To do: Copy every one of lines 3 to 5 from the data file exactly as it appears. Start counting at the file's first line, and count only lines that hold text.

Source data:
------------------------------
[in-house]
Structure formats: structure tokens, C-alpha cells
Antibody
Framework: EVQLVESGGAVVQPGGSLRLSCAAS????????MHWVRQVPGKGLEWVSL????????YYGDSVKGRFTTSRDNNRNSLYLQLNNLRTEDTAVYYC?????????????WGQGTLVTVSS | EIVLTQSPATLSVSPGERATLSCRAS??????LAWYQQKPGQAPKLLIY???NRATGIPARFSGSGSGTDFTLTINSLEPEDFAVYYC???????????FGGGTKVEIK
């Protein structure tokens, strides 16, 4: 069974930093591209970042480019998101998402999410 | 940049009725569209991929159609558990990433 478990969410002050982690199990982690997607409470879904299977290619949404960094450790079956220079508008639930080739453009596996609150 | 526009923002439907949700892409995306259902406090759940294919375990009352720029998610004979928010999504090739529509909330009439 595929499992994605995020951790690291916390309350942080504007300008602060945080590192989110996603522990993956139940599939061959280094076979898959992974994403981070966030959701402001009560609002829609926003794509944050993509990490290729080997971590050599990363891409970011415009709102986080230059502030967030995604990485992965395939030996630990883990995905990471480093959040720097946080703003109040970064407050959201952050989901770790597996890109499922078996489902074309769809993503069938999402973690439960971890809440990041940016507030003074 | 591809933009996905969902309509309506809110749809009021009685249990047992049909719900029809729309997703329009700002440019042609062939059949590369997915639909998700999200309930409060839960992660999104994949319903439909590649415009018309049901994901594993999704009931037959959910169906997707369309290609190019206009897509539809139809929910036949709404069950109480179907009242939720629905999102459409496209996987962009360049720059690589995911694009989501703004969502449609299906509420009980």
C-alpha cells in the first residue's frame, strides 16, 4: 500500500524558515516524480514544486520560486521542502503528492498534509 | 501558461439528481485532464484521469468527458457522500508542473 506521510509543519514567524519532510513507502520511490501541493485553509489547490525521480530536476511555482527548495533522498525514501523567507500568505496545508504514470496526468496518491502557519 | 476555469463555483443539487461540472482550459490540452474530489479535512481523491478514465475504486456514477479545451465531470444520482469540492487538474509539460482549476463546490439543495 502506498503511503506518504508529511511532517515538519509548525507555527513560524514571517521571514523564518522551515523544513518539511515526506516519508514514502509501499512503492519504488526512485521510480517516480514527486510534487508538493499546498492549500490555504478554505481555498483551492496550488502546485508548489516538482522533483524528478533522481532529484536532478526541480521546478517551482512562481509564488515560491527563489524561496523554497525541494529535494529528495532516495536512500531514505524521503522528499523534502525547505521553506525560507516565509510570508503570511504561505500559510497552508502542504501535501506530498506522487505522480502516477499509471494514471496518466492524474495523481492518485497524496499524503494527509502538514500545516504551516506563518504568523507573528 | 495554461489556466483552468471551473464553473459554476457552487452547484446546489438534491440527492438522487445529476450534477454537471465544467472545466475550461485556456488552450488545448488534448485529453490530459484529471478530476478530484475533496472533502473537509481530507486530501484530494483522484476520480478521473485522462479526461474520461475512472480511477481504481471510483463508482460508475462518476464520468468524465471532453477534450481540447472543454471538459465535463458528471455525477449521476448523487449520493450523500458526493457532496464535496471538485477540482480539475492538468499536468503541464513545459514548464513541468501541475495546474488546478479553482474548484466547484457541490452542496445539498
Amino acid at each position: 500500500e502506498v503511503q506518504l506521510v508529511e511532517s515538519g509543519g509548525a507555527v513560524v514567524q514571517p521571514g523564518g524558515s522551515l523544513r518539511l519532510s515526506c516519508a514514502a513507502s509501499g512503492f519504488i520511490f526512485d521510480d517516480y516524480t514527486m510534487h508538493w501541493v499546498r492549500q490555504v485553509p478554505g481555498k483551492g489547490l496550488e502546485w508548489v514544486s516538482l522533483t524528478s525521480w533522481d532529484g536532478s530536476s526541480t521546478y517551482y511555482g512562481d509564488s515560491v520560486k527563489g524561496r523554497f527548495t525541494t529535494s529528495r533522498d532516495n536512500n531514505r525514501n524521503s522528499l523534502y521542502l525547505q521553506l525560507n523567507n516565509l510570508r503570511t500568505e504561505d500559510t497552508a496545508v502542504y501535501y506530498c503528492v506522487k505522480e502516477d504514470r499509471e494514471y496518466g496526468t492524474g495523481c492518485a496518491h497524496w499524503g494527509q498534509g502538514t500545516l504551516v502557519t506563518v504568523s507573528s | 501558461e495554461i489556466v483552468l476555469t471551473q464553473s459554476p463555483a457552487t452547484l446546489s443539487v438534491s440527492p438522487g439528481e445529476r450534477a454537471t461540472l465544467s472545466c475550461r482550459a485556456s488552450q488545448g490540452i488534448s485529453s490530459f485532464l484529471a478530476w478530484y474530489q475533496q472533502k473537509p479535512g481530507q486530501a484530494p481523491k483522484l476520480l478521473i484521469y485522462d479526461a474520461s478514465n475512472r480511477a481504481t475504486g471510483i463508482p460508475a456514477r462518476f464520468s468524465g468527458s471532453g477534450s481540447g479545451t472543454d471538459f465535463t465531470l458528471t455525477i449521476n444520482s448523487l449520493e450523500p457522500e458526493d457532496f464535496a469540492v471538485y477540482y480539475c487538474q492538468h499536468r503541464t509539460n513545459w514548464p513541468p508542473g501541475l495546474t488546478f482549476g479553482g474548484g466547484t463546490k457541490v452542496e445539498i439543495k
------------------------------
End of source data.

Antibody
Framework: EVQLVESGGAVVQPGGSLRLSCAAS????????MHWVRQVPGKGLEWVSL????????YYGDSVKGRFTTSRDNNRNSLYLQLNNLRTEDTAVYYC?????????????WGQGTLVTVSS | EIVLTQSPATLSVSPGERATLSCRAS??????LAWYQQKPGQAPKLLIY???NRATGIPARFSGSGSGTDFTLTINSLEPEDFAVYYC???????????FGGGTKVEIK
């Protein structure tokens, strides 16, 4: 069974930093591209970042480019998101998402999410 | 940049009725569209991929159609558990990433 478990969410002050982690199990982690997607409470879904299977290619949404960094450790079956220079508008639930080739453009596996609150 | 526009923002439907949700892409995306259902406090759940294919375990009352720029998610004979928010999504090739529509909330009439 595929499992994605995020951790690291916390309350942080504007300008602060945080590192989110996603522990993956139940599939061959280094076979898959992974994403981070966030959701402001009560609002829609926003794509944050993509990490290729080997971590050599990363891409970011415009709102986080230059502030967030995604990485992965395939030996630990883990995905990471480093959040720097946080703003109040970064407050959201952050989901770790597996890109499922078996489902074309769809993503069938999402973690439960971890809440990041940016507030003074 | 591809933009996905969902309509309506809110749809009021009685249990047992049909719900029809729309997703329009700002440019042609062939059949590369997915639909998700999200309930409060839960992660999104994949319903439909590649415009018309049901994901594993999704009931037959959910169906997707369309290609190019206009897509539809139809929910036949709404069950109480179907009242939720629905999102459409496209996987962009360049720059690589995911694009989501703004969502449609299906509420009980």